Efforts to end hemp prohibition in the UK

This type of farming framework and restrictive regulation is unique to the hemp industry and is not seen in other agricultural markets, which is something advocates are campaigning to change. In 2019 The British Hemp Alliance (BHA) was formed by like-minded individuals, farmers, businesses, NGOs, and environmentalists to lobby for further liberalisation one year after the UK legalised medical cannabis.

The British Hemp Alliance is currently campaigning for the THC content restriction imposed on hemp plants to be lifted from 0.2 to 1%, which would allow British farmers to compete at the same level as those in Australia, Switzerland, Uruguay, and Ecuador. Along this same theme, the BHA argues that no part of the plant's anatomy should be restricted, and the use of hemp flowers and leaves should be approved. They feel the licences required to grow hemp should come from the Department of Environment, Food and Rural Affairs as opposed to the same department used by firearms applications in The British Home Office. The BHA says that if all three of these changes were achieved, the UK hemp industry would be able to thrive in the way it once did.

Increasing hemp production in the UK could also greatly benefit the economy. It was recently estimated that if 80,000 hectares of hemp were grown every year, the British economy would be boosted by around £700 billion. This statistic comes from the final report of The University of York, project Hemp30, which also established that the UK only cultivated around 800 hectares of hemp in 2021.

The Hemp30 report also highlights how this plant is of use to everyone, for farmers it can not only be a source of income but serves as a fantastic break crop, an ingredient in animal feed and can also be used in carbon farming. 

Hemp can also be used to sustain the environment, in the creation of composites, biofuel or bioenergy, or to help sustain human life as the plant can also be made into textiles, construction materials and food. This report provides a ten-year plan that if implemented could see hemp return to the top of the crop charts and reclaim its title as Britain's most versatile plant.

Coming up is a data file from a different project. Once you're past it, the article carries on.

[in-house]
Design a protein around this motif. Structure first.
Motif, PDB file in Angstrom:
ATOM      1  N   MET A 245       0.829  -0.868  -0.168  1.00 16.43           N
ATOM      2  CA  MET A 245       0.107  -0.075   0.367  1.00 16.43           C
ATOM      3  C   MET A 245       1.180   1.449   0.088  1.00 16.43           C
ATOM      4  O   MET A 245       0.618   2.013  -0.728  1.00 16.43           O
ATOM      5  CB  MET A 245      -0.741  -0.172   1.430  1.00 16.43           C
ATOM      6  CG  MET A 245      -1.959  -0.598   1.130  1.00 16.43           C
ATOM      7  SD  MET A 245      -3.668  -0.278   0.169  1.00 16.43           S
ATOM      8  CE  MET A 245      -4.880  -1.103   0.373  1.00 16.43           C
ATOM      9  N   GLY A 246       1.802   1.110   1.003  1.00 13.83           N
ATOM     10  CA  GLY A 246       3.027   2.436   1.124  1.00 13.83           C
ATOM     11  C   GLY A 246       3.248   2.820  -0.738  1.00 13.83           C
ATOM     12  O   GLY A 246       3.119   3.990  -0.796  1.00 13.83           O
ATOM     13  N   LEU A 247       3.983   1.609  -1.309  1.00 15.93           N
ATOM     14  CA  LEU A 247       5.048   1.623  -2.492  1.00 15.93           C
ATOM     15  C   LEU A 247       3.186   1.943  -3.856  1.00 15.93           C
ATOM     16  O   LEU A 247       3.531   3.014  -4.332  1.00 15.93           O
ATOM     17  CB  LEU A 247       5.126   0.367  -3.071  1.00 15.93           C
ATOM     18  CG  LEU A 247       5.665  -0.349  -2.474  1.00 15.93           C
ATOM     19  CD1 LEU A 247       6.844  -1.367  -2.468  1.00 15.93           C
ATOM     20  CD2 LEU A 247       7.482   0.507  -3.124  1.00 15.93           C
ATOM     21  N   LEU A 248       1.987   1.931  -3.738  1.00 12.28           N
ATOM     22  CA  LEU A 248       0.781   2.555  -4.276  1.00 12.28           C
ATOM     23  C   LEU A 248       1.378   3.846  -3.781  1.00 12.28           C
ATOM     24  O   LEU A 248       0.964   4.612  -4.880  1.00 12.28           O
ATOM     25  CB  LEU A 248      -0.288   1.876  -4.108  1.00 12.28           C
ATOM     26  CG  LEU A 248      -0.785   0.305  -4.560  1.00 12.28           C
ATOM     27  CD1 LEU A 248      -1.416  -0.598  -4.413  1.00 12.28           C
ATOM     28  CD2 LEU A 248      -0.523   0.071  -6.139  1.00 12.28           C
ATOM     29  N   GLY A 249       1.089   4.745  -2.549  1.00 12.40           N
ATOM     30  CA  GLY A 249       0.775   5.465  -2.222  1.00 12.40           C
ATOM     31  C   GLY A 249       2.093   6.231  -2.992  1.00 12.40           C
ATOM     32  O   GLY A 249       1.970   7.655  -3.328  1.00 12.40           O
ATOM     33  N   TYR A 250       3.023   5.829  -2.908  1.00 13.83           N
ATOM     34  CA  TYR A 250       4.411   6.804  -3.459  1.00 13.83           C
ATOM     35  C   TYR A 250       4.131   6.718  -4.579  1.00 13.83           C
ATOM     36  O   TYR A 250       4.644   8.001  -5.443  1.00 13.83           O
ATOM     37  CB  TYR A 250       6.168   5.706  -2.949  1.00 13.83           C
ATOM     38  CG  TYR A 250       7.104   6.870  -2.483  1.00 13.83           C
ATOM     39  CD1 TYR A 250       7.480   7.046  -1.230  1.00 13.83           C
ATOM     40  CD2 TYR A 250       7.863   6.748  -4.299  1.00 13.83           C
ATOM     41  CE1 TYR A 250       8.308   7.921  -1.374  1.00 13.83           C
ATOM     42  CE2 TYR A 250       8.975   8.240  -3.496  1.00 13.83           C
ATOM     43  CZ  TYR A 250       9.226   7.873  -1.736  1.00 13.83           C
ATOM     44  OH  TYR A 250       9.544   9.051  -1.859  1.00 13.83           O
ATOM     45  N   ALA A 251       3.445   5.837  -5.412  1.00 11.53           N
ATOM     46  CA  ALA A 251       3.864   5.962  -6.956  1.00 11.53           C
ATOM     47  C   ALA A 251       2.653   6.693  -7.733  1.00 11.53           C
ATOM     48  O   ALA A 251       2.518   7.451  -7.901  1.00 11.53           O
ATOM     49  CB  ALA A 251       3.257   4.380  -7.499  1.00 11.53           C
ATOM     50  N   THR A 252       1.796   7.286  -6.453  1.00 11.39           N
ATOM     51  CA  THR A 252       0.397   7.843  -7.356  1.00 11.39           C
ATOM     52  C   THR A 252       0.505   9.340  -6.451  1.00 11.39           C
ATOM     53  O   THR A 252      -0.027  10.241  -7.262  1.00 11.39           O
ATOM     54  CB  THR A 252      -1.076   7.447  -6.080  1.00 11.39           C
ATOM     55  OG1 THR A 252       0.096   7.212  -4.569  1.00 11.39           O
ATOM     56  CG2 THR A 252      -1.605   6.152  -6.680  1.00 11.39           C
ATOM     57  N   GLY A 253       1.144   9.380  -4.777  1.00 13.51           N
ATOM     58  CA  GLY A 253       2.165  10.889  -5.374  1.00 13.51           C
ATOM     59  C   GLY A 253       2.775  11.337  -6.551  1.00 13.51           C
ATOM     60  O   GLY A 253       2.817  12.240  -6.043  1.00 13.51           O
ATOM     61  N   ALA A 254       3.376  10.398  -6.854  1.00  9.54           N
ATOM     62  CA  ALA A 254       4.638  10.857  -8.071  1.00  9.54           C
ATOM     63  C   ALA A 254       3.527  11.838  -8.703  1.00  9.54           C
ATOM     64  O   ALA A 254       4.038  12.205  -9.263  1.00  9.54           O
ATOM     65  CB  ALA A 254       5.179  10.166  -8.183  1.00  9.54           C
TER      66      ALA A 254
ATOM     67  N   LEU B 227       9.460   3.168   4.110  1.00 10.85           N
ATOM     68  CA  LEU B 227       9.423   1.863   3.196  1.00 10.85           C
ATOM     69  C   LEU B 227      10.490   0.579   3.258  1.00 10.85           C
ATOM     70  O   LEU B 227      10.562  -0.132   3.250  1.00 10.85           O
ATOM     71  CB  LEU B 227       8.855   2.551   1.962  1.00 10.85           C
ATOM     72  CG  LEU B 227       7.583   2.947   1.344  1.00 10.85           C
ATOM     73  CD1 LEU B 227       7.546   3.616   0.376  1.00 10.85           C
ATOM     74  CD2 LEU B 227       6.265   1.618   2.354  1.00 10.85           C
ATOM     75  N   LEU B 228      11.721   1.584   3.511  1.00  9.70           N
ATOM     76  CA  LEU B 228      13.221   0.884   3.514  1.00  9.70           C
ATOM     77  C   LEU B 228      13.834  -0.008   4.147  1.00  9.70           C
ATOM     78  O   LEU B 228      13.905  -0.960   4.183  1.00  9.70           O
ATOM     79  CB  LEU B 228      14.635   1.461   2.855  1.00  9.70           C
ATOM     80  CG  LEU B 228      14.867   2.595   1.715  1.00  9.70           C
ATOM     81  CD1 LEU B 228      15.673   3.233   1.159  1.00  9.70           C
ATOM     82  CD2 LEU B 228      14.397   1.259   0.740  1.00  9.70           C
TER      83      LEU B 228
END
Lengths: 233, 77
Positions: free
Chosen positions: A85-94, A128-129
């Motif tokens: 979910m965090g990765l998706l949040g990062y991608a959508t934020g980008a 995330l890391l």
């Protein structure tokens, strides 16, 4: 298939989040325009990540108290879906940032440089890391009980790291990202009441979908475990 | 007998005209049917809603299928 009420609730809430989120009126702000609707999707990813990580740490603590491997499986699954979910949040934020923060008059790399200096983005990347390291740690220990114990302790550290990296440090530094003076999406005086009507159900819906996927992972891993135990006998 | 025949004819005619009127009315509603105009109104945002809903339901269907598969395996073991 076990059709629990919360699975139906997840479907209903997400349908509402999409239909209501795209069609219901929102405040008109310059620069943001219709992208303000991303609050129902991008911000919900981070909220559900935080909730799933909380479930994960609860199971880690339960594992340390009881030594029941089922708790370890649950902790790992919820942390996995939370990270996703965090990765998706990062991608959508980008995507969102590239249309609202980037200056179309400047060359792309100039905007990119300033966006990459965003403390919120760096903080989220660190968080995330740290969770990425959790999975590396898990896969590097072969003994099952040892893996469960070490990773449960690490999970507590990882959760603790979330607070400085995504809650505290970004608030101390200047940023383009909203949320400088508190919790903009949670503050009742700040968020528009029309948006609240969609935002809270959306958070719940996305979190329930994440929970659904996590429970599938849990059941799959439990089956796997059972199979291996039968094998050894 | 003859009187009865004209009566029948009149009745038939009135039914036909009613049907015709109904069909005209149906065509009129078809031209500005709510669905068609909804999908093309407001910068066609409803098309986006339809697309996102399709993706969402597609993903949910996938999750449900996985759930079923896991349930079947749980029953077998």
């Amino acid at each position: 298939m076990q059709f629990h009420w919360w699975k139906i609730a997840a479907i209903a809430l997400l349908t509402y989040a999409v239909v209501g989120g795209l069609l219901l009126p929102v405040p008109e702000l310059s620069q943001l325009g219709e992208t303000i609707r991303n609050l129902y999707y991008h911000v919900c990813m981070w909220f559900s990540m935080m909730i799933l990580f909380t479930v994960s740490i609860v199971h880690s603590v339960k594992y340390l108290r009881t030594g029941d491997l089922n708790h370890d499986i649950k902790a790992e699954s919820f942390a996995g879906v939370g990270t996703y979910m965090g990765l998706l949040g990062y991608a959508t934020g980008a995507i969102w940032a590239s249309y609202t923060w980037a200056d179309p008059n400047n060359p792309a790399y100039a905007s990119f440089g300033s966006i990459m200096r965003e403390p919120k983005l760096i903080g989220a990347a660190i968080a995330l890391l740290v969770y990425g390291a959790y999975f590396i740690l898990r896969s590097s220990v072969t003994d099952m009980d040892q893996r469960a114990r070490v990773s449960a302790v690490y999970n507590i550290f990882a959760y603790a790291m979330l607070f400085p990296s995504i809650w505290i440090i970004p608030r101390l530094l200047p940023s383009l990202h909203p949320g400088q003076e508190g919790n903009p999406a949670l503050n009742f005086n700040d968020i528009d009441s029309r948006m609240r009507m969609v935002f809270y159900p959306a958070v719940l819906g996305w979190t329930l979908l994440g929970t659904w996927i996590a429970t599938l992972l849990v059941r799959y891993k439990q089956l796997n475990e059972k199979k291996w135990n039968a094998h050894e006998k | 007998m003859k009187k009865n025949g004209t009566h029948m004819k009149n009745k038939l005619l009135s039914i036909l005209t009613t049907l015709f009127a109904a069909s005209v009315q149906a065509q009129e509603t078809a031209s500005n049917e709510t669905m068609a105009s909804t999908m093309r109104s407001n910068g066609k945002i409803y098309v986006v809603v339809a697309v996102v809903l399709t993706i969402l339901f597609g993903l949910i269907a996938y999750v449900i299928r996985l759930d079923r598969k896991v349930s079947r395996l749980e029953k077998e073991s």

Conclusion

Hopefully, this article has helped to highlight some of the massive shortcomings that the hemp industry is currently facing here in the UK. In the past two or so decades, we have seen a big shift in both policy and public perception surrounding cannabis and hemp, and so we are optimistic about the future of hemp in this great country of ours. 

Releaf understands the importance of medical cannabis in treating various medical conditions. With our tailored monthly packages, specialist consultations for medical cannabis, and a unique medical cannabis card for protection, you can access the treatment you need without worrying about the stigma. 

It is important to seek medical advice before starting any new treatments. The patient advisors at Releaf are available to provide expert advice and support. Alternatively, click here to book a consultation with one of our specialist doctors.

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With five years of journalism and healthcare content creation under her belt, Lucy strives to improve medical cannabis awareness and access in the UK by producing high quality, credible content.